Stock surveillance is a critical component of any well-informed and strategic IR program. In fact, according to IR Magazine’s Technology & IR Report, 48% of North American IR teams say surveillance is the area where they spend the most money. Whether improving shareholder visibility, preparing for earnings, preemptive detection of activist trading, or building credibility with the C-suite and board, surveillance has changed the industry landscape by providing IR teams with unprecedented visibility – and the tools to take action.
But surveillance is not always a walk in the park. With the rise of MiFID II and the decline of the sell-side, IROs are navigating an ever complex landscape. Here are a few critical challenges impacting IR teams, and a few ways to overcome them.
Visibility in a complicated landscape
A lack of transparency has always been a huge challenge for IROs, who are constantly trying to gain insight into what might be driving their stock. It’s not entirely uncommon for an IRO to be in the dark about who purchased their stocks until weeks, or even months, later. And to make matters even worse, there’s less influenceable capital, due to the increase of passive investing. In fact, passive investing now accounts for 45% of all assets for U.S. stock-based funds, which is a 25% increase from 2009.
In a recent interview, Jeff Myers, VP of Advisory at Q4, explained that “understanding the drivers for passive investors is often overlooked by IROs.” Even though IROs can’t communicate directly with a passive investor, he argues that “it’s still important to know why they bought the stock. It could be because the stock is part of an index, certain market cap size, or even ESG driven.” (Read the full interview here.)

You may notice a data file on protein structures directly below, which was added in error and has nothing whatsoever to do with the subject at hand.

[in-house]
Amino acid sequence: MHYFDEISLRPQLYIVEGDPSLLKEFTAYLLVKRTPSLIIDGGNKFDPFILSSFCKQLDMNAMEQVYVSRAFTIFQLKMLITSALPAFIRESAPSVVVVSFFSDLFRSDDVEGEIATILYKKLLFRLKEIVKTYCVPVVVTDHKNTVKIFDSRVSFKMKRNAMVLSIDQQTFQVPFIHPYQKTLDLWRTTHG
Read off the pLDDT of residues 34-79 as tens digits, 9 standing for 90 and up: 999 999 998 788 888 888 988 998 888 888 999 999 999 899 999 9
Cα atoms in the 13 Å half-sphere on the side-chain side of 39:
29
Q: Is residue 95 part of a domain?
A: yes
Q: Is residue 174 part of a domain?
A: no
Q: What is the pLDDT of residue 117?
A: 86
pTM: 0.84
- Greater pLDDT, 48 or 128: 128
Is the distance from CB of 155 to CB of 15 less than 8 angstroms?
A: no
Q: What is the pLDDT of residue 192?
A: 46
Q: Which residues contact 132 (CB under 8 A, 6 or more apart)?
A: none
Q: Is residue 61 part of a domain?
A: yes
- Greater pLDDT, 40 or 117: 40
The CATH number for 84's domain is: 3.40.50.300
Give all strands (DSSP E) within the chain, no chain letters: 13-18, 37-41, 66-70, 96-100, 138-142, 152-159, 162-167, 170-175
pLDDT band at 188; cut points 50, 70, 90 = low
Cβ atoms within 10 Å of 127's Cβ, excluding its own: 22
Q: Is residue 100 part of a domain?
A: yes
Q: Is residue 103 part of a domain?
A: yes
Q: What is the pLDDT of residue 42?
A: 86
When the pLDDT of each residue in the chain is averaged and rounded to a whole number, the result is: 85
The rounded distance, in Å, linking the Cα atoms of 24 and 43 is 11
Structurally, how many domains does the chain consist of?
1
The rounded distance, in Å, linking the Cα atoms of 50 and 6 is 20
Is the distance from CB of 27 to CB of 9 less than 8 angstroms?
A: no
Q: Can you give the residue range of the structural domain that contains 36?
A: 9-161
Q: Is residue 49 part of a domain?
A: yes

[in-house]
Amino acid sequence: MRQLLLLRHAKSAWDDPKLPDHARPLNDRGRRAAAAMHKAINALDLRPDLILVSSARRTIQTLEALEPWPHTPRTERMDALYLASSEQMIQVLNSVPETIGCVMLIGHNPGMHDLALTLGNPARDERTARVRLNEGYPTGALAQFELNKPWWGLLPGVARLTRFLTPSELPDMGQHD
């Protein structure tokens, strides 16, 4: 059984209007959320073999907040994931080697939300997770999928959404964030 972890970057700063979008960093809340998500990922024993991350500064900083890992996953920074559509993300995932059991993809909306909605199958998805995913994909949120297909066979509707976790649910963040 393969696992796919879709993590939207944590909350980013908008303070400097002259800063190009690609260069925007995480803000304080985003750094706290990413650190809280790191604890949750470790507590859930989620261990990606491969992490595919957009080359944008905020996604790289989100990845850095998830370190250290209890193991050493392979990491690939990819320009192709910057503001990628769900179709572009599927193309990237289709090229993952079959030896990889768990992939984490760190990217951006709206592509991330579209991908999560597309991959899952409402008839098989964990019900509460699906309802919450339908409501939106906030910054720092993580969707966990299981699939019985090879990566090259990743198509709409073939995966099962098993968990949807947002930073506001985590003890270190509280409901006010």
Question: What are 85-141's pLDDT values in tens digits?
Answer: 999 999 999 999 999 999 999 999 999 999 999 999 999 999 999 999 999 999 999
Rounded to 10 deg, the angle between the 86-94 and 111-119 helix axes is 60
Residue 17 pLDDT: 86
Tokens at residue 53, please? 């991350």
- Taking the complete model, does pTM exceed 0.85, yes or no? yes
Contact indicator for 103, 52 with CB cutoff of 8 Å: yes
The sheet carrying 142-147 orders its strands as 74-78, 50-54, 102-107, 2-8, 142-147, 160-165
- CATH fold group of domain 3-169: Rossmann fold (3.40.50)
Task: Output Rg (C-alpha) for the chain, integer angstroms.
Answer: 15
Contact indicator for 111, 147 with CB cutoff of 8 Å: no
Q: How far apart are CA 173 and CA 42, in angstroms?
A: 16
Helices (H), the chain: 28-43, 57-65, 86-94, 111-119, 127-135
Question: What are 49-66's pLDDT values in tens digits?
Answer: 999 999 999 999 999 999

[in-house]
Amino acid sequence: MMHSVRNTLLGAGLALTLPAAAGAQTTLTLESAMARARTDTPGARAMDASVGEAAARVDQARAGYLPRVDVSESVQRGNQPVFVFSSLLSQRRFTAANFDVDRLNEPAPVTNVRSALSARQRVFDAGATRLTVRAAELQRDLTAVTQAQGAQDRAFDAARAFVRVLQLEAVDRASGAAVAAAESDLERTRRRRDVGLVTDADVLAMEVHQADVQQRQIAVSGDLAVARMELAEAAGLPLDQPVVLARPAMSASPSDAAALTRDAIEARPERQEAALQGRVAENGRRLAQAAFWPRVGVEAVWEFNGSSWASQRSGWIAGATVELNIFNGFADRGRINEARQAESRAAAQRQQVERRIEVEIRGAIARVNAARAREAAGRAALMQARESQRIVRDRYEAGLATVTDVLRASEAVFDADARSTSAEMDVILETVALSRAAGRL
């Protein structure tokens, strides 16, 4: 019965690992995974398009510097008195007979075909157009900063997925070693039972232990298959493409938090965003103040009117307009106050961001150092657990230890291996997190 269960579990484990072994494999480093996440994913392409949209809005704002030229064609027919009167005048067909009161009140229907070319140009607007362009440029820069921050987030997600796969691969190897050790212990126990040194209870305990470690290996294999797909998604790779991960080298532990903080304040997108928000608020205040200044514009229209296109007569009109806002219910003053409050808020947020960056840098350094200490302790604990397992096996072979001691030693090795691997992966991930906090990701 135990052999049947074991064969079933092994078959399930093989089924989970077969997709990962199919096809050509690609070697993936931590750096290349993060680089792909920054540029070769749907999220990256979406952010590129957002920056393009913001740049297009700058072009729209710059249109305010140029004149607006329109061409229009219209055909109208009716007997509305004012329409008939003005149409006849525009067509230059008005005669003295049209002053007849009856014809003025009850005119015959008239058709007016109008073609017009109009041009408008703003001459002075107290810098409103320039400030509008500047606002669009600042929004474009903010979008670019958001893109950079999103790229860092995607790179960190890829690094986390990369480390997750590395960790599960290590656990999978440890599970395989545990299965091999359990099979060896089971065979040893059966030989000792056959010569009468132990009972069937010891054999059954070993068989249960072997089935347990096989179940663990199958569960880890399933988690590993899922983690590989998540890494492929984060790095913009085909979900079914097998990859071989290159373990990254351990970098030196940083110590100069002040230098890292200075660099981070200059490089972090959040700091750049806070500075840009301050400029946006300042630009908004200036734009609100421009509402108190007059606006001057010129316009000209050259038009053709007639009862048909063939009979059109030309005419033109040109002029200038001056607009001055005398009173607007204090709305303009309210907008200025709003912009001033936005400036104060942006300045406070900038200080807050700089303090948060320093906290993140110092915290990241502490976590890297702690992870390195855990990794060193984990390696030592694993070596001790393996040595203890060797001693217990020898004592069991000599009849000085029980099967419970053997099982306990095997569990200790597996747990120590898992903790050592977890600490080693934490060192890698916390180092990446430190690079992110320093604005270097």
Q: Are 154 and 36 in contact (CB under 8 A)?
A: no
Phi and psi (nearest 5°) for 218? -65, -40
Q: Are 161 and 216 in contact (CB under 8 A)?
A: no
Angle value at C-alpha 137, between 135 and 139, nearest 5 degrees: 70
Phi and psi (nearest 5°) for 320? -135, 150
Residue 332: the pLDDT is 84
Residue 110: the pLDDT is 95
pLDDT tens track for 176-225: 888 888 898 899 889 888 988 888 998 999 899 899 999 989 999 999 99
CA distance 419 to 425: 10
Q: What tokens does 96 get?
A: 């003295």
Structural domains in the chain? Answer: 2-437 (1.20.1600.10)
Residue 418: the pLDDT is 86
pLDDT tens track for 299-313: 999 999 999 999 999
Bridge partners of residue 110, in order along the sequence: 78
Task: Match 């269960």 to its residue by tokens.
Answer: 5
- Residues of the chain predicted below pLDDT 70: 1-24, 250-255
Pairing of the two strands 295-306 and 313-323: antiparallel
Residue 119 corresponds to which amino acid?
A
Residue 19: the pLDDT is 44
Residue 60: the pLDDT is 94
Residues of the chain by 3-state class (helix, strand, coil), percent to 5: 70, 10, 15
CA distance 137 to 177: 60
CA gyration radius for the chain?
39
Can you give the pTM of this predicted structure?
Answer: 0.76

What this really boils down to is that it’s more important than ever for IR teams to stay on top of the market and their stock, in order to anticipate and prepare for what’s going to happen next. At the end of the day, success is all about being informed.
Acting on insights and delivering strategic value
Laura Graves, Vice President of Investor Relations at Advanced Micro Devices (AMD), can relate to these challenges all too well. She recalls a scenario when AMD had a sharp run-up in their stock related to their competitors. “The market got significantly ahead of itself on their estimates for EPS, despite our guidance and published long-term financial model.” After being overbought, AMD believed that there would eventually be a pullback to return to a more normalized level.
Searching for insight, Laura turned to her long-time Q4 analyst. She recounts: “Our analyst helped us understand what that new level of normal might be and where we should logically land, based on historical trading metrics.” When AMD’s board asked her where their stock would go, she was prepared with an actionable understanding of their moving averages, based on past patterns, in combination with the shareholder volume their stock typically digests as a highly traded stock.
As the capital markets evolve, understanding your shareholder base and which investors to meet, along with anticipating market expectations, will all demand an equal dose of quantitative market insights, along with the qualitative foresight to make them actionable.
Learn more about how AMD leverage surveillance insights to deliver strategic value, and how you can do the same, by downloading our case study.
Allyce Maclaren is Q4’s Marketing Specialist and enjoys writing about trends in IR and marketing.